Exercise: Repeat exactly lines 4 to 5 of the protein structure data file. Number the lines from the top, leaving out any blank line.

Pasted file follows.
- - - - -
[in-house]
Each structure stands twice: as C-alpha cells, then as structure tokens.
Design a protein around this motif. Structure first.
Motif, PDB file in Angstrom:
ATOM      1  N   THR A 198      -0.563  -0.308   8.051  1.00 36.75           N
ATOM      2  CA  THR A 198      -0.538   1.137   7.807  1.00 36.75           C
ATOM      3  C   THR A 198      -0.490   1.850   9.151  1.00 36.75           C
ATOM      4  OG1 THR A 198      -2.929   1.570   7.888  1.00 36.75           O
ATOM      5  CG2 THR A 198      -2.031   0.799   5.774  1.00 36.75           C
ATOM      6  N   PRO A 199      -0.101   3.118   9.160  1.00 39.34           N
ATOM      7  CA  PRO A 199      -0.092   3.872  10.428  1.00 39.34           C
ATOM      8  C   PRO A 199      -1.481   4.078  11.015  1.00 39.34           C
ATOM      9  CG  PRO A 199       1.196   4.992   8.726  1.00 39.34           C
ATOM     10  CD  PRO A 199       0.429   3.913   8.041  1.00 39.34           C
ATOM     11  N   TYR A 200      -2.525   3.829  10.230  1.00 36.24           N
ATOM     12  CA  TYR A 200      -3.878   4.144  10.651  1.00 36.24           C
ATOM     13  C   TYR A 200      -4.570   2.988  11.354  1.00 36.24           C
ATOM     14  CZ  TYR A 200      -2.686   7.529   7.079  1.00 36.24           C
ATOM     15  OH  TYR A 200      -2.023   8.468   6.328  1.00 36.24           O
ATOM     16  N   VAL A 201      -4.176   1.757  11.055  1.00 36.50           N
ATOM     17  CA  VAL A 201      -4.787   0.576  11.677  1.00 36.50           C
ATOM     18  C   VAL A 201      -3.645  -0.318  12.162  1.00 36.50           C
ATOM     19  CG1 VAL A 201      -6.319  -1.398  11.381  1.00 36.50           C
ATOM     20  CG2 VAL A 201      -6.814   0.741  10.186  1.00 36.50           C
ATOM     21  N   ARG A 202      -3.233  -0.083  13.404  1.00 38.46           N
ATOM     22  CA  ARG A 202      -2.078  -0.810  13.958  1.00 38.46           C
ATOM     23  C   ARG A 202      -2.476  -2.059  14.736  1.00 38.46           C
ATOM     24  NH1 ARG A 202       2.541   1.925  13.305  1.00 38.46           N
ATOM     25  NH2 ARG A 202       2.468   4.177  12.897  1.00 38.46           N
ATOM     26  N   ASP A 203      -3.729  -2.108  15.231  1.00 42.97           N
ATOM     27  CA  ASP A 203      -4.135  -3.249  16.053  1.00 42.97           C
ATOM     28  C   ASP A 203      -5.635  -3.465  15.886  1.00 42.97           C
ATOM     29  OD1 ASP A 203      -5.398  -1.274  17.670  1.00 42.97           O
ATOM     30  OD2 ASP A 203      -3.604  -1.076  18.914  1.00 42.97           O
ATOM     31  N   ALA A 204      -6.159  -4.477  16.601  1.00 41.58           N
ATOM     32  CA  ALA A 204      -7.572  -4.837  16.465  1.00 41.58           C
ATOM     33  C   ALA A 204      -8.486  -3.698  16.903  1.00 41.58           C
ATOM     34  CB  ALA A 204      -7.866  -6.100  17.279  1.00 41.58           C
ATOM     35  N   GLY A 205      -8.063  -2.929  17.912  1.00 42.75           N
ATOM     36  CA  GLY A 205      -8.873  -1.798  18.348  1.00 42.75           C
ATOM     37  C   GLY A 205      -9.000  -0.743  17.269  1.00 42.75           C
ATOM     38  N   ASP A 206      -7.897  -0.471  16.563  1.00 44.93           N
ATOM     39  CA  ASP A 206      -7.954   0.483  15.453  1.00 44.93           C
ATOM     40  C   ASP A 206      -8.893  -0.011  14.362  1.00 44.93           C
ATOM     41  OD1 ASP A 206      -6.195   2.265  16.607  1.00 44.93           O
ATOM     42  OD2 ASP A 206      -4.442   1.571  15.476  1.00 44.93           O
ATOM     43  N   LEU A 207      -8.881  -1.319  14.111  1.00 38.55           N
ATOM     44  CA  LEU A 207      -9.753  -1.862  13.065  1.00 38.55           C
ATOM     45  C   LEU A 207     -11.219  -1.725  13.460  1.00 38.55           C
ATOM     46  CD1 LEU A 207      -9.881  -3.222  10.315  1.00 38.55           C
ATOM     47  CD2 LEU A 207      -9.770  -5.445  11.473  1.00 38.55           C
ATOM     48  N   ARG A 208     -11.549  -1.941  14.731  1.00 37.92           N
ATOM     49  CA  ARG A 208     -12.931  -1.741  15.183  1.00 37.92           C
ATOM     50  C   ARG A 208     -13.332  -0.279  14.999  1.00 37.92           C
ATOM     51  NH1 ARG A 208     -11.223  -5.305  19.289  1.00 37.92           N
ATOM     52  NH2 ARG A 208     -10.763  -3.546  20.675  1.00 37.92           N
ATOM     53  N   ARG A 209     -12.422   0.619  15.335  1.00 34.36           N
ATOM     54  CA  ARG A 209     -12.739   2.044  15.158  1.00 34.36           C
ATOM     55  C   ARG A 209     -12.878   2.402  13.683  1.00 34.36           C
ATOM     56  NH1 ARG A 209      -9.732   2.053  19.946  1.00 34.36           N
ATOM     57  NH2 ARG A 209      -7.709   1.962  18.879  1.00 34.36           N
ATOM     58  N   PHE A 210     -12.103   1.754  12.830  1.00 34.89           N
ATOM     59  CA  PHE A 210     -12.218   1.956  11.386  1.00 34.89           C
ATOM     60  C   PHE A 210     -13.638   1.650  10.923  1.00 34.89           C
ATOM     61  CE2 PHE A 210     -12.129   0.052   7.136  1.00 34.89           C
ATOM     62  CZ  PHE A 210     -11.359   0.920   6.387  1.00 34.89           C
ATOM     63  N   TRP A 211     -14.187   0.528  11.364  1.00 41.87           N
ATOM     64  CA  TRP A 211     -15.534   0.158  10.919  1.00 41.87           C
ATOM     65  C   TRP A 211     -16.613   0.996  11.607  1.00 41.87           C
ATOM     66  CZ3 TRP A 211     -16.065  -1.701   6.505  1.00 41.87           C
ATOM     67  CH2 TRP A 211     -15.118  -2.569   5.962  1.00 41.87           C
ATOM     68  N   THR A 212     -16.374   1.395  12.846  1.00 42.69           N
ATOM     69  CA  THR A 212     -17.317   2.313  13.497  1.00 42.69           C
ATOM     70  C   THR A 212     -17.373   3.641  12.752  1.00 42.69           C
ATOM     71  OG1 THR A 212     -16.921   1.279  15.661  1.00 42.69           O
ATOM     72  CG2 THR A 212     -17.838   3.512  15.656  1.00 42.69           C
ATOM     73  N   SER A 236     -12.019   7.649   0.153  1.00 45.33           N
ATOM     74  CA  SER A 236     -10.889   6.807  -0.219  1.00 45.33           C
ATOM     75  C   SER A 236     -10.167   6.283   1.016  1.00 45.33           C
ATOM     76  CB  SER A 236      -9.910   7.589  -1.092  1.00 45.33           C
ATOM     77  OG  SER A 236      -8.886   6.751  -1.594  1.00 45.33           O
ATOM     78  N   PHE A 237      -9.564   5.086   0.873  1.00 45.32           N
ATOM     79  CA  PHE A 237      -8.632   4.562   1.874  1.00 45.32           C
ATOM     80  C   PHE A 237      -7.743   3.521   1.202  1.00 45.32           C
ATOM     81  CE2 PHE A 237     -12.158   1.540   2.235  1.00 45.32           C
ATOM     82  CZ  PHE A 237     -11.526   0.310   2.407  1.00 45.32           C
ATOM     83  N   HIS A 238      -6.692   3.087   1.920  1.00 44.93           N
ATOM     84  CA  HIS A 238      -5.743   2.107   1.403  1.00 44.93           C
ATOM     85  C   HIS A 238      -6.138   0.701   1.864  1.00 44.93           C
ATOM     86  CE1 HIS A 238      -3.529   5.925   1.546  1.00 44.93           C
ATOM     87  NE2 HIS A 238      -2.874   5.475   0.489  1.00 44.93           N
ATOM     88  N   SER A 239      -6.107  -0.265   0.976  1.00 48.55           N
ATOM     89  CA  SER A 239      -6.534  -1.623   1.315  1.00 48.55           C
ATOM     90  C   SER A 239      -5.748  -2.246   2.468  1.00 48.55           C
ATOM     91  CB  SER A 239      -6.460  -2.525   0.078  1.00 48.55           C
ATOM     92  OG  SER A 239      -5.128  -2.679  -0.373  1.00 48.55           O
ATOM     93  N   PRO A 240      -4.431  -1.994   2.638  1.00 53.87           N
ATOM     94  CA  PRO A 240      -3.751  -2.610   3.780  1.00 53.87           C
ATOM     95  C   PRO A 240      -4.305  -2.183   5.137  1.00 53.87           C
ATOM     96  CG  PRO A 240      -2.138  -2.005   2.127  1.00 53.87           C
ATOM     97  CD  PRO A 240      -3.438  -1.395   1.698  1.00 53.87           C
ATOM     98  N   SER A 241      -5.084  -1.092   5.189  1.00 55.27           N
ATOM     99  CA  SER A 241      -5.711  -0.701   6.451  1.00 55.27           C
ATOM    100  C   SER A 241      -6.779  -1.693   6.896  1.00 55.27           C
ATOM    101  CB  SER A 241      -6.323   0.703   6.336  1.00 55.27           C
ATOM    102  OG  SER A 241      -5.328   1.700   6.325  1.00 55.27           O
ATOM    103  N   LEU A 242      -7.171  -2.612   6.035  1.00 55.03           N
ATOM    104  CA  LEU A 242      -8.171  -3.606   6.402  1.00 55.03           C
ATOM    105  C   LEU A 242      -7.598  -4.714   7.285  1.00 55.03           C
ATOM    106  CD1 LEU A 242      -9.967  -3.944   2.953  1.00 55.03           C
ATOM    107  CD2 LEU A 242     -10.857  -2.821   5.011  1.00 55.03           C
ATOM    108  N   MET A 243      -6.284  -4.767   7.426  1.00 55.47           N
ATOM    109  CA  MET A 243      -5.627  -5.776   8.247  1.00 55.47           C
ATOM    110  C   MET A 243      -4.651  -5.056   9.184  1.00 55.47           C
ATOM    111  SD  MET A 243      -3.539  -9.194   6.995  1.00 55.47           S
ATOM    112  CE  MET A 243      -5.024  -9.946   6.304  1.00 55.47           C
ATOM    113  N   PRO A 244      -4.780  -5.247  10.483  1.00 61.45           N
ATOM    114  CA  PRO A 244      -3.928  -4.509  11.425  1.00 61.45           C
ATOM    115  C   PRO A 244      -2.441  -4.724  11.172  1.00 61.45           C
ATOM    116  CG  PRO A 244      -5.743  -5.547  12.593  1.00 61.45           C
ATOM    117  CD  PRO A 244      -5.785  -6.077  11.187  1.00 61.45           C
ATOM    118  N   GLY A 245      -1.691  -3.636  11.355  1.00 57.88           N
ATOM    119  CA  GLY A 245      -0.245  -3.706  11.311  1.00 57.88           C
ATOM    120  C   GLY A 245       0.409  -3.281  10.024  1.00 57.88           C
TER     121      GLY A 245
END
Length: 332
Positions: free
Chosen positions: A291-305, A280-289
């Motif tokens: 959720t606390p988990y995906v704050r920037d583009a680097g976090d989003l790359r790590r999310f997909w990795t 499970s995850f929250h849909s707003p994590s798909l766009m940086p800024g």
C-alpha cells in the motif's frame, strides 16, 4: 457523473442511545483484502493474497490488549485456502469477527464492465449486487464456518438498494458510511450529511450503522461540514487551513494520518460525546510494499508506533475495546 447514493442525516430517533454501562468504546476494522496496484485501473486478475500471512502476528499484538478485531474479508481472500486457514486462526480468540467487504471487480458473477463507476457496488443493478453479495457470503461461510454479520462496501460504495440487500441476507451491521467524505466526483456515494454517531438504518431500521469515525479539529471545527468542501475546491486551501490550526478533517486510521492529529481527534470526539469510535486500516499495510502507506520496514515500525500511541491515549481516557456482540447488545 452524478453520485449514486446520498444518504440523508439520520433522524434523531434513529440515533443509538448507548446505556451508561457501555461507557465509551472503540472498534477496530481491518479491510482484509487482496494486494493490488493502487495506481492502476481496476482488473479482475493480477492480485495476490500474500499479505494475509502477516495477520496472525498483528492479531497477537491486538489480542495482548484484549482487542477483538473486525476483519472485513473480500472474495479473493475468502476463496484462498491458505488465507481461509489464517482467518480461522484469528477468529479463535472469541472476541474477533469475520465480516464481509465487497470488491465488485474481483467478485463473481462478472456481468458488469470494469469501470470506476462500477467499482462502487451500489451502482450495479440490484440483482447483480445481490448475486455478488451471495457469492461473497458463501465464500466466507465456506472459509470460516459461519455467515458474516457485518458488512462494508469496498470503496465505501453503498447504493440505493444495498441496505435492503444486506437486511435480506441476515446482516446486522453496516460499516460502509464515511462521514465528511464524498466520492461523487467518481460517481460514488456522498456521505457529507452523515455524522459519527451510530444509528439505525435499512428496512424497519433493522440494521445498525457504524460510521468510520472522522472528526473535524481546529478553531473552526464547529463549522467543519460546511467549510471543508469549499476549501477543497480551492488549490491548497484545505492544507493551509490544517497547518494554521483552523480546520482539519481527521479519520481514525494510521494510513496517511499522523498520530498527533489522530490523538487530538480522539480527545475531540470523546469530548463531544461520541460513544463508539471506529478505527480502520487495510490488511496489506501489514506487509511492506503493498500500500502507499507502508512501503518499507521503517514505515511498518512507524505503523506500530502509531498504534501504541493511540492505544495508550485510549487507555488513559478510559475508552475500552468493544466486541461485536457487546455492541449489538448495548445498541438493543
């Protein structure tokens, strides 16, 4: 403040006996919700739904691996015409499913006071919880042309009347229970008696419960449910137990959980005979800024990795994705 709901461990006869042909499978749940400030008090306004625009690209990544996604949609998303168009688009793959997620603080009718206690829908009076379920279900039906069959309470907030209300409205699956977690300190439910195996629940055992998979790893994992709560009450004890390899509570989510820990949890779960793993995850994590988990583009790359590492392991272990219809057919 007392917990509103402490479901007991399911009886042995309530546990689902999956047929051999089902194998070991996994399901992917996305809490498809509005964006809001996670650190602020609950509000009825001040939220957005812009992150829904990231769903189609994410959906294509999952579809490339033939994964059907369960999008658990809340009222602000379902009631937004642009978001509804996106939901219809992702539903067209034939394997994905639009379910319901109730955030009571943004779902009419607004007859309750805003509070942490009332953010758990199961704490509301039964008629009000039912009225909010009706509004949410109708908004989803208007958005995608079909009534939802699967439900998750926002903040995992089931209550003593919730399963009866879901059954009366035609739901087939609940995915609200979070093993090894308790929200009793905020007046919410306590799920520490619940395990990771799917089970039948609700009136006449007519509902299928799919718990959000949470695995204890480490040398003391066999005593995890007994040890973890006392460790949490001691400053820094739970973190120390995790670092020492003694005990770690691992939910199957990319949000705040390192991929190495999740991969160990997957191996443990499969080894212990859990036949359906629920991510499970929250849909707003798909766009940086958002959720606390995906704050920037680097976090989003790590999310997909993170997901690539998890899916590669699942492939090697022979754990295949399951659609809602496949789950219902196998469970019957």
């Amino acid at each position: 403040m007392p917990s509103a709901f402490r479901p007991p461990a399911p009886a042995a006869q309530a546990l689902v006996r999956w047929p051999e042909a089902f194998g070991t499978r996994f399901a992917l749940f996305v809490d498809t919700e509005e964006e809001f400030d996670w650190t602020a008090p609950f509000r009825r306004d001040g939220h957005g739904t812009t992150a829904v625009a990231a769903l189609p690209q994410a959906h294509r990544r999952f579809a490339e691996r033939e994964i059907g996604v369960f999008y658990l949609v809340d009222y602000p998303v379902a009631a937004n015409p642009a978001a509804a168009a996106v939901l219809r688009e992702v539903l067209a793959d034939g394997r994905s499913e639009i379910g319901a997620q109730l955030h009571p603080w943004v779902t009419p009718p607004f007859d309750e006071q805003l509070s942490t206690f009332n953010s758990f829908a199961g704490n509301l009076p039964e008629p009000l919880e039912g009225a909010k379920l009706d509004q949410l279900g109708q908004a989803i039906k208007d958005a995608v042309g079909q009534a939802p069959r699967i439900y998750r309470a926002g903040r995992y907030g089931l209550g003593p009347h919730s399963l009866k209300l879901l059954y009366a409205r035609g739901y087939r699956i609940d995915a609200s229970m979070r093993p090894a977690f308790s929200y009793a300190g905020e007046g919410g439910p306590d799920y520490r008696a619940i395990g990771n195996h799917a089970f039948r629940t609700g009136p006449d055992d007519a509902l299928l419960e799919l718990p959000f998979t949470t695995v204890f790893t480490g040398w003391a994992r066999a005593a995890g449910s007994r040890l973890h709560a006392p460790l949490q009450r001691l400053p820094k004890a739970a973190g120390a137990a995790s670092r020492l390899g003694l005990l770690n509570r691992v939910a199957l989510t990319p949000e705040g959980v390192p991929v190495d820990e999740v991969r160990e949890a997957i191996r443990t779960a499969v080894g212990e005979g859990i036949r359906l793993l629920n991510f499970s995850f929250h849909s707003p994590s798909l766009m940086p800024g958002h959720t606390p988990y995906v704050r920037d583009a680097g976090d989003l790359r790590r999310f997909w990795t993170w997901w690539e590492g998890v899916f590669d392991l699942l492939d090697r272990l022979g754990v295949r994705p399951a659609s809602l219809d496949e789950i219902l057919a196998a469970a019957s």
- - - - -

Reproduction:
Motif, PDB file in Angstrom:
ATOM      1  N   THR A 198      -0.563  -0.308   8.051  1.00 36.75           N